4-H Through the Generations: A Intergenerational Celebration of Pennsylvania 4-H’S Centennial YEAR
Posted: March 19, 2012
By Matt Kaplan, Professor, Intergenerational Programs and Aging, Penn State University
In celebration of 2012, PA 4-H’s Centennial year, the State 4-H Leadership Conference (for 4-H youth) and the 4-H Leaders Forum (for adult volunteers) were merged into a single event this year.
An intergenerational session called, “4-H through the Generations” began with a pre-banquet dinner panel presentation. The five panelists, ranging in age from 13 to 80, provided brief summaries and highlights from their own 4-H experiences. The panelists included: Marcia Beppler (80 year old retired state program leader), Bryan Dickinson (Lawrence County 4-H/youth development educator), Alyssa Dietrich (Collegiate 4-H member–university upper classman), Dakota Grove (4-H member, also a university under classman), and Emily Allegar (a younger 4-H member in Centre County).
Panel presentations were followed by small, mixed-age group discussions. With 10 people per table conversation, 440 participants (360 were youth and 80 adults) shared their views about 4-H’s past, present and future.
Participants noted how 4-H has changed in terms of the number and variety of projects and in minor structural changes in methods of delivery such as in the way clubs operate and the technological tools that are used. When discussing ways in which 4-H has not changed, they were more likely to emphasize fundamental values and goals of the 4-H program. The organizational picture that emerged was one of an organization that has experienced some changes in program delivery systems, such as in response to advances in technology, yet not in the underlying values and goals of the organization.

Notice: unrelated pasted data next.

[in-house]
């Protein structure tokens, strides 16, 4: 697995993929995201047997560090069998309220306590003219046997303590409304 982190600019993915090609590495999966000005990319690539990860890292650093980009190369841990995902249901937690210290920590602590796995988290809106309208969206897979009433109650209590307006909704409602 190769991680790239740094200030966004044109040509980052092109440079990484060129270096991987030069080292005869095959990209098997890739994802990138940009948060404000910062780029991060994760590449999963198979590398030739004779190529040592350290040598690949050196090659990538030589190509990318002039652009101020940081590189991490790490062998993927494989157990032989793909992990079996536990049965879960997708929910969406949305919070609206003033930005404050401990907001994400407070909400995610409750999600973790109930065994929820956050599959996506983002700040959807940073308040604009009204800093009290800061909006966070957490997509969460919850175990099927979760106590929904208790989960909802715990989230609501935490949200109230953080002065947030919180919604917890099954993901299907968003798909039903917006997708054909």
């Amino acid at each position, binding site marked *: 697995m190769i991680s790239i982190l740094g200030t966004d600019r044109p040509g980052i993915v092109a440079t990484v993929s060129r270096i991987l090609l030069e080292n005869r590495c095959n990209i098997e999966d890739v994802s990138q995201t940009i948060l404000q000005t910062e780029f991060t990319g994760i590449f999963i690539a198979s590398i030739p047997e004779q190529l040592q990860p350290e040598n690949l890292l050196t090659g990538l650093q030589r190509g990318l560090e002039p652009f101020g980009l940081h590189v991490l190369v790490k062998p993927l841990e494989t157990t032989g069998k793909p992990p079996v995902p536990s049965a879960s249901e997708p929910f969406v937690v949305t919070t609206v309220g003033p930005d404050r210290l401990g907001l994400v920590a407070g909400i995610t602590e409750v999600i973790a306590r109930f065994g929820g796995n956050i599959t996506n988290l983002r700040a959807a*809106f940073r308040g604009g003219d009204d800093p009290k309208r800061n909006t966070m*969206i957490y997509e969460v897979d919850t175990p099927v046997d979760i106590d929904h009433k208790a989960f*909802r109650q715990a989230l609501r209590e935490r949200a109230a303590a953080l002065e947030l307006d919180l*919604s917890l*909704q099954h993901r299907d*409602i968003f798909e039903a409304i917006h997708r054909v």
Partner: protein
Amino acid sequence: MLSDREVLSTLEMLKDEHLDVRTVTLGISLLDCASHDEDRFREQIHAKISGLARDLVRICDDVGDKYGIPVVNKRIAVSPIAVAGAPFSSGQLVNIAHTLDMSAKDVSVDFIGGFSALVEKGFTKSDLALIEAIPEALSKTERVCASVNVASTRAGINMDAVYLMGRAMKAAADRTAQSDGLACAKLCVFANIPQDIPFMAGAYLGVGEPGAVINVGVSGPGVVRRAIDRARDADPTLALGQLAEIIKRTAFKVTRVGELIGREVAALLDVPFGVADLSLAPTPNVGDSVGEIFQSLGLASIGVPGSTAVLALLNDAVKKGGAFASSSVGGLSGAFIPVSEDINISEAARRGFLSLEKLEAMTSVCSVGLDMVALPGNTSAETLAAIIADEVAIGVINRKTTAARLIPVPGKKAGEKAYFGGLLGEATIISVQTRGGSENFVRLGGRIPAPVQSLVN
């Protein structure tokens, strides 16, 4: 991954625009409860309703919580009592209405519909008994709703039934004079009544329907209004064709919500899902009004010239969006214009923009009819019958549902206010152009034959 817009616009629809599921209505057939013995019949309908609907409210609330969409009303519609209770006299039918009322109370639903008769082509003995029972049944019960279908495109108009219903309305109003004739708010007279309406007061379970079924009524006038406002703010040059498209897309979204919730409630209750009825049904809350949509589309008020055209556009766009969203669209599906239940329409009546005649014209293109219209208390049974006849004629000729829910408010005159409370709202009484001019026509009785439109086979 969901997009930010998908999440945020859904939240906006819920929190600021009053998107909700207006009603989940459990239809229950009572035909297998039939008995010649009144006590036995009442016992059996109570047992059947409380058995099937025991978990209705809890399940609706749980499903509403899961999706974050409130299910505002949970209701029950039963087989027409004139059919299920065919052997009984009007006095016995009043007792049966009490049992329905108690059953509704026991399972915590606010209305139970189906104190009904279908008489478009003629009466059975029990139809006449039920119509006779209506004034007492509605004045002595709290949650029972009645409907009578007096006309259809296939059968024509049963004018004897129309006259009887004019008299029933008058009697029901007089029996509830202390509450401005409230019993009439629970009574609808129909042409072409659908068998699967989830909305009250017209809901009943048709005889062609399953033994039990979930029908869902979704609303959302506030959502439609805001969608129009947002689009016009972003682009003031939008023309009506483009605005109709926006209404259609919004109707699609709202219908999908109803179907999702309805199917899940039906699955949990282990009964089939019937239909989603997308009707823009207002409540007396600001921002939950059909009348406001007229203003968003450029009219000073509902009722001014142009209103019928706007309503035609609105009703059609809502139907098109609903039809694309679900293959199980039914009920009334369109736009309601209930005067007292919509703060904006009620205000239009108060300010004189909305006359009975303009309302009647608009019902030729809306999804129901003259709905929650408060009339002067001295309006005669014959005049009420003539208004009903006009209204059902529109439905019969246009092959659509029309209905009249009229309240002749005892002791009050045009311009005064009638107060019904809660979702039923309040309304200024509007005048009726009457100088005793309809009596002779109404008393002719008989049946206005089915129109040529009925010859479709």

Panelists and discussion group participants frequently alluded to 4-H’s unfaltering emphasis on education, leadership development, and community service. For example, Marcia Beppler, retired state program leader and member of the panel, emphasized education as an integral element of the 4-H model: “I know that 4-H is based upon sound educational principals. And whatever convulsions 4-H goes through for whatever reason, 4-H can be so confident that it’s on a good educational track.”
Alyssa Dietrich, the Collegiate 4-H member of the panel, after noting how her involvement in 4-H was framed by agriculture-oriented interests and pursuits, emphasized the importance of community engagement: “4-H is more than just about competing and showing your cattle. It’s about being involved too in the community… Getting involved in your community is how everyone learns together. And that’s an important part of being a good citizen and a good 4-Her.”
Several 4-H youth who felt inspired by Marcia Beppler’s presentation requested that she pose with them in a photo (see above). 4-H member Bernard Devlin later commented to one of the members of the event planning team, “While we were listening to her speech, we were very interested in what she had to say about 4-H throughout the generations. Also, she spoke about how 4-H has grown since she was young, and has moved from just the farms to include education in the cities. I found that part of the speech very interesting.”
Considering the positive feelings and good ideas generated from this centennial celebration, I am hopeful that 4-H staff, volunteers, and members will plan additional intergenerational discussions about current conditions, challenges, and opportunities for PA 4-H.
4-H Through the Generations session planning committee members: Matt Kaplan, Nina Redding (Penn State Extension District Director; panel facilitator), Mya Rushton (4-H Program Development Specialist), Jan Scholl (Associate Professor, 4-H, Family and Consumer Science Programs), and Ben Weikert (Master’s student; Department of Agricultural Economics, Sociology, and Education)